Do businesses and consumers have to give up their right to data privacy in order to benefit from innovative, personalized, and feature-rich apps and other technology solutions? At times, it seems like the answer is yes. However, many in the tech space, including Tim Cook, CEO of Apple, don’t believe this needs to be the case. A bill recently introduced to Congress by Senator Marco Rubio (R-FL), the ADD (American Data Dissemination) Act, is the latest example of how the U.S. government is working toward providing a solution that will help ensure data privacy in a digital age.
Rubio, a Republican Senator from Florida, presented the ADD Act on January 16 and suggests the legislation would provide a national consumer data privacy law that protects consumers as well as “the innovative capabilities of the internet economy.” A few points differentiate this bill from others that have been introduced in Congress, including the fact that the ADD Act is based in many ways on the Privacy Act of 1974. The latter Act established a code of fair information practices that applies to systems of records by federal agencies. The ADD Act means to extend these “fair information practices” to consumers whose data is being collected, used, and disseminated by private companies.
Rubio’s office says the ADD Act will require the FTC (Federal Trade Commission) to submit detailed recommendations for privacy requirements that Congress can impose on covered providers. Additionally, within 12 months after these recommendations are submitted, the FTC would be required to publish and submit to Congress proposed regulations to impose privacy requirements on covered providers. Finally, if Congress doesn’t enact a law based on these recommendations within two years after enactment, the bill would give the FTC power to create its own set of privacy requirements.
The Privacy Act of 1974 requires federal agencies to give public notice of their systems of records, it prohibits the disclosure of an individual’s record without written consent from that individual (with exceptions), and it makes it possible for individuals to access and modify their records. Similarly, the proposed ADD Act also includes provisions intended to protect consumers’ rights to access and even delete their records. Rubio’s office made a point to say the bill will require certain exemptions from the privacy regulations for small, newly formed internet businesses, so as to avoid “entrenching” large, incumbent actors and impeding fresh blood from entering the space.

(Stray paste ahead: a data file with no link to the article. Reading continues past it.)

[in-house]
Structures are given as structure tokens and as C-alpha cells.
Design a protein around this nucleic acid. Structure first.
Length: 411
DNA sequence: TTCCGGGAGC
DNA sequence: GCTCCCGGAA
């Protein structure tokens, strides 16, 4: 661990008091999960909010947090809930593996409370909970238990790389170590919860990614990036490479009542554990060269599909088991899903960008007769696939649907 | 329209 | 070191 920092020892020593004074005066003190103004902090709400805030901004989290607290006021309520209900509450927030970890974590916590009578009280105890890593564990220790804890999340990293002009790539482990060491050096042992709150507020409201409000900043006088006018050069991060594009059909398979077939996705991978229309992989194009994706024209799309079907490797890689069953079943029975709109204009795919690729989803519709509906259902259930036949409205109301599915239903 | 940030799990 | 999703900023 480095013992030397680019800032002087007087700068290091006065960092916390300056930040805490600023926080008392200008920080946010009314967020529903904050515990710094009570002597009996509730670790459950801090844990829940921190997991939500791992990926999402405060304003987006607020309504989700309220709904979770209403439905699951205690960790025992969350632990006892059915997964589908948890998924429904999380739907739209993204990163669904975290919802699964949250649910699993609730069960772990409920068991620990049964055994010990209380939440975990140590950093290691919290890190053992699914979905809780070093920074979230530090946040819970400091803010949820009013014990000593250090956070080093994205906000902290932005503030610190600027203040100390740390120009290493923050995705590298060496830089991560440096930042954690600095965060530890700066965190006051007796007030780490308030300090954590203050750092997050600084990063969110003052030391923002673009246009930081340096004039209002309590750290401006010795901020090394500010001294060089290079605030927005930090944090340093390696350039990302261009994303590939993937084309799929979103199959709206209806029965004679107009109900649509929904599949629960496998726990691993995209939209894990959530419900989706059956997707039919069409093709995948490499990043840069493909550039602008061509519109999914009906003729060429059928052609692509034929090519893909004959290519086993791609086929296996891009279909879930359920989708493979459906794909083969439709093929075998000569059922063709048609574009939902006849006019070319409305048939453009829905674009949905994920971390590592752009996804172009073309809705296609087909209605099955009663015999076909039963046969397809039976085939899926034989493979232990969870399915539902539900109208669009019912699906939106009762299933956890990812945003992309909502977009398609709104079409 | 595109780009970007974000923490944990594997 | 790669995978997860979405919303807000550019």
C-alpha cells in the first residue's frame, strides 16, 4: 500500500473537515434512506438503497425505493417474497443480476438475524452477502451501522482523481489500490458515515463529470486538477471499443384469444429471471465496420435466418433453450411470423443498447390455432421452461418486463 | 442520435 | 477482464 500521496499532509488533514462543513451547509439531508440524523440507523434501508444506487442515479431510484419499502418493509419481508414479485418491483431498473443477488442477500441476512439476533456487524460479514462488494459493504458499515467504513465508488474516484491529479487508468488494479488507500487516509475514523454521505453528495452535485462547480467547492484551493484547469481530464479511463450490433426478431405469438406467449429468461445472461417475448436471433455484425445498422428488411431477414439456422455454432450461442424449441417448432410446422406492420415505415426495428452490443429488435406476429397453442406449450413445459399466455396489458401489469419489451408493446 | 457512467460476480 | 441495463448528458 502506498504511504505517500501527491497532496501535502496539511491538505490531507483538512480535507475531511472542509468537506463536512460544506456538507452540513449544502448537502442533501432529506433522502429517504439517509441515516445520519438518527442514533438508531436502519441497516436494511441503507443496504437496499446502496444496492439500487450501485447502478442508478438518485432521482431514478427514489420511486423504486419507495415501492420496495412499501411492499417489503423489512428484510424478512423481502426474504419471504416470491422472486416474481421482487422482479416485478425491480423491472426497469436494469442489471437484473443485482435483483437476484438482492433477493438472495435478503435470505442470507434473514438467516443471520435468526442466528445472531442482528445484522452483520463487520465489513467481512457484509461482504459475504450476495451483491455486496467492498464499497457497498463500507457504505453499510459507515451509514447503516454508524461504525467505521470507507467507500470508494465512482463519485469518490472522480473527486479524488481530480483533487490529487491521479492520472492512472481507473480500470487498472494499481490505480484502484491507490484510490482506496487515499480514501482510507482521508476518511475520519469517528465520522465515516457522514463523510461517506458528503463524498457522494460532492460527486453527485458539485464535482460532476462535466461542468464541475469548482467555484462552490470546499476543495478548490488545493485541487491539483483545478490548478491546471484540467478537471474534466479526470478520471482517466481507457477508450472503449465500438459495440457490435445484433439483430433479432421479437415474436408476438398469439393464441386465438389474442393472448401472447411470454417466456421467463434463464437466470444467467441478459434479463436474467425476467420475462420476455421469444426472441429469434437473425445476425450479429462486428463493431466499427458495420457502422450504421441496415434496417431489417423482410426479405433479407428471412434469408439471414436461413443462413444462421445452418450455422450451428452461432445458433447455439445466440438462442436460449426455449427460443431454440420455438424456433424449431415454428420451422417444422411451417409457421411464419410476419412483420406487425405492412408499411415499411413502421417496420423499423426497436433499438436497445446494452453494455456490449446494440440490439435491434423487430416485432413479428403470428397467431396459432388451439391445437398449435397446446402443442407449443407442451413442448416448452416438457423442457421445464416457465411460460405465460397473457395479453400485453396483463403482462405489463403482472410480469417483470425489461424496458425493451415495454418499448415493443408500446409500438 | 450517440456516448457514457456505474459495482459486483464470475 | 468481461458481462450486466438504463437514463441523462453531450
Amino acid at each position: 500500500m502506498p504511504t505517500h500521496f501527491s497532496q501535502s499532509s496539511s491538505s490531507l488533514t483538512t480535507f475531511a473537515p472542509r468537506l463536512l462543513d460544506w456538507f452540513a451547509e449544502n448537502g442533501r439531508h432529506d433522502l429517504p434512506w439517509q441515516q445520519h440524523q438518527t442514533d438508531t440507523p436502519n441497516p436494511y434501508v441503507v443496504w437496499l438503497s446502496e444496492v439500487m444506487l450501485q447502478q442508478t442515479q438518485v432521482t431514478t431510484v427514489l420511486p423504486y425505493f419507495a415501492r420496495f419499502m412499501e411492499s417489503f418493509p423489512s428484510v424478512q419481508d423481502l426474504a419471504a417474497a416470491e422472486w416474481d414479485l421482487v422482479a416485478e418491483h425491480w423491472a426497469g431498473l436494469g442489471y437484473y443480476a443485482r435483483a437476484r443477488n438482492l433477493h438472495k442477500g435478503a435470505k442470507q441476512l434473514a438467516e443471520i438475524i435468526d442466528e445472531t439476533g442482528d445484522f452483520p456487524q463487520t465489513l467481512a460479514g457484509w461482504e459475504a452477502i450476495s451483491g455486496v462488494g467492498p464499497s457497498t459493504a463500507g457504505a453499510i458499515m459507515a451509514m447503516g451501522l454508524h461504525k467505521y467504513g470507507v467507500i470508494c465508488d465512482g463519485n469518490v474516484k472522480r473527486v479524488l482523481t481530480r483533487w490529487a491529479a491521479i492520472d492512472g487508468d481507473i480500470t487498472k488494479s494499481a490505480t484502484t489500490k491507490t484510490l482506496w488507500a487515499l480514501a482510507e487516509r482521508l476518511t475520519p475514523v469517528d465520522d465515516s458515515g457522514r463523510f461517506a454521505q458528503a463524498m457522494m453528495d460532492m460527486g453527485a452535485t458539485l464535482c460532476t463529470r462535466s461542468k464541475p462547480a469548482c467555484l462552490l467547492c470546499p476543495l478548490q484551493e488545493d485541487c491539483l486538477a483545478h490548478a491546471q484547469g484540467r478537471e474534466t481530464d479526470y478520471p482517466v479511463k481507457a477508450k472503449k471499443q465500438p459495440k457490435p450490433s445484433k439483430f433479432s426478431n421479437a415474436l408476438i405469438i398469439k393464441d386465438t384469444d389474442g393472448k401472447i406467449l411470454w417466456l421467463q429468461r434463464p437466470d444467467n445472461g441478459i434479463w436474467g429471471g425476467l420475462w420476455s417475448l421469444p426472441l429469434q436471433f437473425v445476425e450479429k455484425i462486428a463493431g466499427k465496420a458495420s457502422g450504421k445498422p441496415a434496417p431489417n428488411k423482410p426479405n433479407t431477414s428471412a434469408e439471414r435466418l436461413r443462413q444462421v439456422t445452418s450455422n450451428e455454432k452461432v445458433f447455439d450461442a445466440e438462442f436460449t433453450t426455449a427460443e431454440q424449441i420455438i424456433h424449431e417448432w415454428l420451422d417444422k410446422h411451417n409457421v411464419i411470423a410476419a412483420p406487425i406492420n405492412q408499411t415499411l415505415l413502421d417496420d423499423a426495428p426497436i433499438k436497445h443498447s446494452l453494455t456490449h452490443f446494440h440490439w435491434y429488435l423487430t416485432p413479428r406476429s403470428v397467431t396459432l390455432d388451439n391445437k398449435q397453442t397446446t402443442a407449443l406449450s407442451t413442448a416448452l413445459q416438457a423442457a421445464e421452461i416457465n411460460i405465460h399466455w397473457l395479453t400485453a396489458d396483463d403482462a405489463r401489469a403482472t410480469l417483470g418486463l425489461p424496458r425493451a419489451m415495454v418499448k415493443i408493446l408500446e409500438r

Critics say the bill isn’t potent enough to really address the needs of today’s society in terms of data collection and use. Furthermore, it could pre-empt state laws, like the latest information privacy legislation in California that will take effect in January 2020, among others, that are pushing the envelope in data privacy legislation. For these reasons and others, the bill may have a tough time getting through Congress. However, the fact that Congress is already talking about data privacy and security is not just a good start to 2019, it’s a great one. Whether the ADD Act is enacted or some other version of a data privacy bill is what becomes the law of the land, a movement toward common-sense regulation that also allows for innovation and business growth could be a positive for the IoT (Internet of Things) industry and the tech space at large.
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